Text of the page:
If there were a death in the royal family, the entire country wept and all temples were closed as a 72 day period of mourning began. During these 72 days, there were no sacrifices or festivals. The people also didn’t consume wheat, meat, wine, or dainty fare and they didn’t use baths or unguents, recline on couches, or make love. Another custom involving 200 to 300 people is quite unique; they would put mud on their heads and clothes and go around twice a day singing on the streets to praise the dead. On the 72nd day of mourning, the coffin containing the now mum...
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... E.A. Wallis. The Mummy: a History of the Extraordinary Practice of Ancient Egypt. Avenel, New Jersey: Wings books, 1989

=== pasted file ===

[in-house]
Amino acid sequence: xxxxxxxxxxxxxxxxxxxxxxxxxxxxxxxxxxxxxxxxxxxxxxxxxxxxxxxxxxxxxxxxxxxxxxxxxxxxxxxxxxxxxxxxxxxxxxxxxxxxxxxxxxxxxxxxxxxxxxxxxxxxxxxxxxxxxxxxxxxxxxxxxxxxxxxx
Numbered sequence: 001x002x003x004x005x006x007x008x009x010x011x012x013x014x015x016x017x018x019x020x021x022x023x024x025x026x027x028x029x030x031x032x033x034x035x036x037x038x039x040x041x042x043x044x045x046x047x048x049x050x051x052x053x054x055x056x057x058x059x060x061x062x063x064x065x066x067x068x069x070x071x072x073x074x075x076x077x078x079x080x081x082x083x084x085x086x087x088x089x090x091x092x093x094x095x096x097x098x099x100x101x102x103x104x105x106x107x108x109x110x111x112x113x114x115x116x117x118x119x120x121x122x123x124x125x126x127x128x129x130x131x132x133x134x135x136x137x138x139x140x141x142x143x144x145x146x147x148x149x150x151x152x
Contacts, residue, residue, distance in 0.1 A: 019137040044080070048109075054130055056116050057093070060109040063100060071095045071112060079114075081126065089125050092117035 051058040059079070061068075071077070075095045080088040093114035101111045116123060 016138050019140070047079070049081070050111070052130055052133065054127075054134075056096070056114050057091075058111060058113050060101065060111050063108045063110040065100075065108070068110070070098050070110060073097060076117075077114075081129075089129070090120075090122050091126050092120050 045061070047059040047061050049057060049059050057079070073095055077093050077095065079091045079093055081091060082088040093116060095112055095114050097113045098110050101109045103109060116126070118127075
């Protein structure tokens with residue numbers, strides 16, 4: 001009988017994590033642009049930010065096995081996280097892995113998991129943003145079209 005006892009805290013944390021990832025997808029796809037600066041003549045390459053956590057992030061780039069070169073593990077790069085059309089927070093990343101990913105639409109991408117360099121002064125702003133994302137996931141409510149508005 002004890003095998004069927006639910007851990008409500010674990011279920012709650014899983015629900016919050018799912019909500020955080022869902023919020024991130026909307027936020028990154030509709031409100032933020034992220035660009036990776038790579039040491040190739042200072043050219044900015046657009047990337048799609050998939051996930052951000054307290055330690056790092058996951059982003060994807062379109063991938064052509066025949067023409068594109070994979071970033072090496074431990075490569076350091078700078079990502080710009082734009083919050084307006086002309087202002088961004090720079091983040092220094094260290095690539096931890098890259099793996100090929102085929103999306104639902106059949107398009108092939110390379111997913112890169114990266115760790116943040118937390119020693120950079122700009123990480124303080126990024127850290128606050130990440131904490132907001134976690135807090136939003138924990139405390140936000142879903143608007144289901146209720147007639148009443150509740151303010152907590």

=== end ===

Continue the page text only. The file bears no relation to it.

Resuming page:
Bucaille, Maurice. Mummies of the Pharaohs: Modern Medical Investigations. New York: St. Martin’s Press, 1990.
“The boy behind the mask: scientists reveal King Tut’s face to the public.” WR News, Senior Edition (including Science Spin) 86.13 (Dec 7, 2007): 4(3). Student Resource Center-Bronze. Gale. Hershey High School. 15 Mar. 2009
National Geographic. “Egypt facts, Egypt travel videos, flags, photos-National Geographic.” Travel & Cultures-Facts, Travel Videos, Flags, Photos-National Geographic. 15 Mar. 2009
Marston, Wendy. “Making a Modern Mummy.” Discover Mar. 2000: 70-75. 15 Mar. 2009
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